Construction on U.S. 59 in Goodrich to begin soon
Polk County Enterprise, July 2007
LIVINGSTON — Highway construction on U.S. 59 and FM 1988 could begin affecting traffic flow in a little over three months when crews begin efforts to widen U.S. 59 in the Goodrich area, according to a contractor for the Texas Department of Transportation.
Billy Mitchell, a project engineer for Texas Sterling Construction of Houston who was awarded the TxDOT contract, said work crews began clearing land June 4 to prepare the right-of-way in the area.
The project calls for a new overpass over U.S. 59, realigning FM 2665 and closing crossovers at Loop 393, officials at the Texas Department of Transportation said.
The construction project will improve safety for motorists traveling on U.S. 59 and FM 1988, officials said.
“That is a hazardous intersection,” said Sgt. Nita Bowen of the Texas Department of Public Safety. “Crashes in that area are often the result of driver error. Upon completion, I believe there will be a reduction in crashes.”
Project officials estimate construction to take 29 months, putting the completion in Fall 2009.
When the project is complete, motorists traveling east and west on FM 1988 will use an overpass to cross U.S. 59.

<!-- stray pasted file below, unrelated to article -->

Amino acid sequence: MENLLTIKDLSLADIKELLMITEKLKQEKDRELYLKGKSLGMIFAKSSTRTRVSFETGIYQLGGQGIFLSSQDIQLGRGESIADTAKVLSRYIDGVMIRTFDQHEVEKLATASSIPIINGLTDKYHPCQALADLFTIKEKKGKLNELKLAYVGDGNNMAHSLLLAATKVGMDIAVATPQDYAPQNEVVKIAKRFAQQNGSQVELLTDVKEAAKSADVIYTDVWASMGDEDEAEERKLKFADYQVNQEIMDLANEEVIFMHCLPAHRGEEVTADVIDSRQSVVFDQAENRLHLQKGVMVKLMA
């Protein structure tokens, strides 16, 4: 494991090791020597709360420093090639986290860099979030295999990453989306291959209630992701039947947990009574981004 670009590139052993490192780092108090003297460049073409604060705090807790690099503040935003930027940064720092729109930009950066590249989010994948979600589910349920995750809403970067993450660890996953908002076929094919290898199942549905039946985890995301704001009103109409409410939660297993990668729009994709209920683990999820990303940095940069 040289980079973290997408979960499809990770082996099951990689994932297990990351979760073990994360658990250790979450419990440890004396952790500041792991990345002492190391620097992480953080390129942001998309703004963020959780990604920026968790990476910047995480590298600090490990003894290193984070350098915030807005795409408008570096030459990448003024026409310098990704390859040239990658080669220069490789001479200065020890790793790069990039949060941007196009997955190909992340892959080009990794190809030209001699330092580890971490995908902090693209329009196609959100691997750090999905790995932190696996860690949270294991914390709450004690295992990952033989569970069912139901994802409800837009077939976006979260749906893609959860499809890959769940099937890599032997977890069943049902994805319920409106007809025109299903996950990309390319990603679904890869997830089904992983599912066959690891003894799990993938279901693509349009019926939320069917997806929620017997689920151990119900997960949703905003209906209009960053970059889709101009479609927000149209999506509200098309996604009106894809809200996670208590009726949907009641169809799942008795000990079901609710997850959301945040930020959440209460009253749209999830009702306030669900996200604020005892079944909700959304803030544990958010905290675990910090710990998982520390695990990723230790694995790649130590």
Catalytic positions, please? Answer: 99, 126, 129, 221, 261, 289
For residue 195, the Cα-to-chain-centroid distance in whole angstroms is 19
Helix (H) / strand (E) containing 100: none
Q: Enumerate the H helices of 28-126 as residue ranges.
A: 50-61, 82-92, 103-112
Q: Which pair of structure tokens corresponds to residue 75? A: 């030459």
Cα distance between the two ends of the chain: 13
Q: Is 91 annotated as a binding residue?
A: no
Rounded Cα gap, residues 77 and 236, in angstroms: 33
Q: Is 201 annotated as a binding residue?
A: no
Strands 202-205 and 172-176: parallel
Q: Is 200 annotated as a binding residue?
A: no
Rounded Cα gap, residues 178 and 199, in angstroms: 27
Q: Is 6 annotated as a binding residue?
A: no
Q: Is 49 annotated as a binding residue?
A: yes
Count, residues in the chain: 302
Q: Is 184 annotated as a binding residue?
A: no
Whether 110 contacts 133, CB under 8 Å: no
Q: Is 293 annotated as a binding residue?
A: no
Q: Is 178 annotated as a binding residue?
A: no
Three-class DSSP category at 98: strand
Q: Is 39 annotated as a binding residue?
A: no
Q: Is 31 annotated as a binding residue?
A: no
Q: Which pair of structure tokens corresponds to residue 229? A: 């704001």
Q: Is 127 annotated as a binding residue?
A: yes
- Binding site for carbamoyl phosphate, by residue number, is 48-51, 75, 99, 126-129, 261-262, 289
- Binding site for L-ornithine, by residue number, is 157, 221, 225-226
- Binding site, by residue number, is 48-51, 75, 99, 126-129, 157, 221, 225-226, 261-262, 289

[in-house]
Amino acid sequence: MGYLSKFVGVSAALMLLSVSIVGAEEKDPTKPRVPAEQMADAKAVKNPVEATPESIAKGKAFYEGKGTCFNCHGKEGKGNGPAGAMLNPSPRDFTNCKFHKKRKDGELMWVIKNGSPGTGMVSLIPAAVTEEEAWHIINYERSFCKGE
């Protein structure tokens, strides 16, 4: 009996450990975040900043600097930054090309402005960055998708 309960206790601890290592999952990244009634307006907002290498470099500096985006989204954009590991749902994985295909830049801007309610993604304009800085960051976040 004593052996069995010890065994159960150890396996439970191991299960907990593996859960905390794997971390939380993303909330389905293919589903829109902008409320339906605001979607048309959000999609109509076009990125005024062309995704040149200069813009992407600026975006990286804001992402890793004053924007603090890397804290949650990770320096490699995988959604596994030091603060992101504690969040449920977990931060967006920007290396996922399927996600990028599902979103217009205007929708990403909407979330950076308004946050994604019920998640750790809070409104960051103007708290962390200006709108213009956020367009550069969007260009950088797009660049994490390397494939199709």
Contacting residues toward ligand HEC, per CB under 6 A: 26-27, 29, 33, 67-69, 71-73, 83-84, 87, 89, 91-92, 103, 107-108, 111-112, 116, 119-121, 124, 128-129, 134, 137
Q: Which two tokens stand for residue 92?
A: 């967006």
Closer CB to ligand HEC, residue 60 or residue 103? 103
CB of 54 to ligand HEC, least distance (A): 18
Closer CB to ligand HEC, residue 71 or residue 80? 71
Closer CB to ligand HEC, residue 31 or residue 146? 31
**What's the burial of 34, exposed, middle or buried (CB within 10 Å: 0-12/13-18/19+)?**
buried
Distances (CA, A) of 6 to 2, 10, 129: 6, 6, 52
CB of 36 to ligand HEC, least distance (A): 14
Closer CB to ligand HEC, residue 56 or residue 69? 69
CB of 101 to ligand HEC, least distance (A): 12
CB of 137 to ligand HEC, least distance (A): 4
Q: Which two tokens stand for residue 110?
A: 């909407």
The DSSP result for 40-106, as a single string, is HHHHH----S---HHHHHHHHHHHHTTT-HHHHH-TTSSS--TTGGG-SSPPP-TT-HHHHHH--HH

FM 2665 will be re-routed to connect with FM 1988 east of U.S. 59, according to Kathi White, a spokeswoman for TxDOT’s Lufkin District Office.
Traffic flow on Loop 393 near Goodrich will also change. The crossovers between the north and south ends will be eliminated, White said.
When the right-of-way is prepared, utility companies have 90 days to move pipelines or other equipment affected by the project, Mitchell said.
"But the weather's got to cooperate more," Mitchell added.
Texas Sterling has about a dozen workers currently assigned to the project with about half of them from the Polk County area, Mitchell said. During the peak phases of the project, they expect to have about 25 workers at the site.
While crews are widening U.S. 59, traffic will be reduced to one lane. That phase will have the biggest impact on traffic flow during the two-year project, Mitchell said.
Early on, crews will close the crossover on 1988.
Eastbound traffic will access FM 1988 through the ramp that will ultimately access the bridge, Mitchell said. Diverting that traffic will allow crews to place the columns and other work to prepare for the bridge.
Once that happens, local traffic will enter and exit FM 1988 on the west side and will be diverted back onto the loop, Mitchell said. Access to the post office will remain.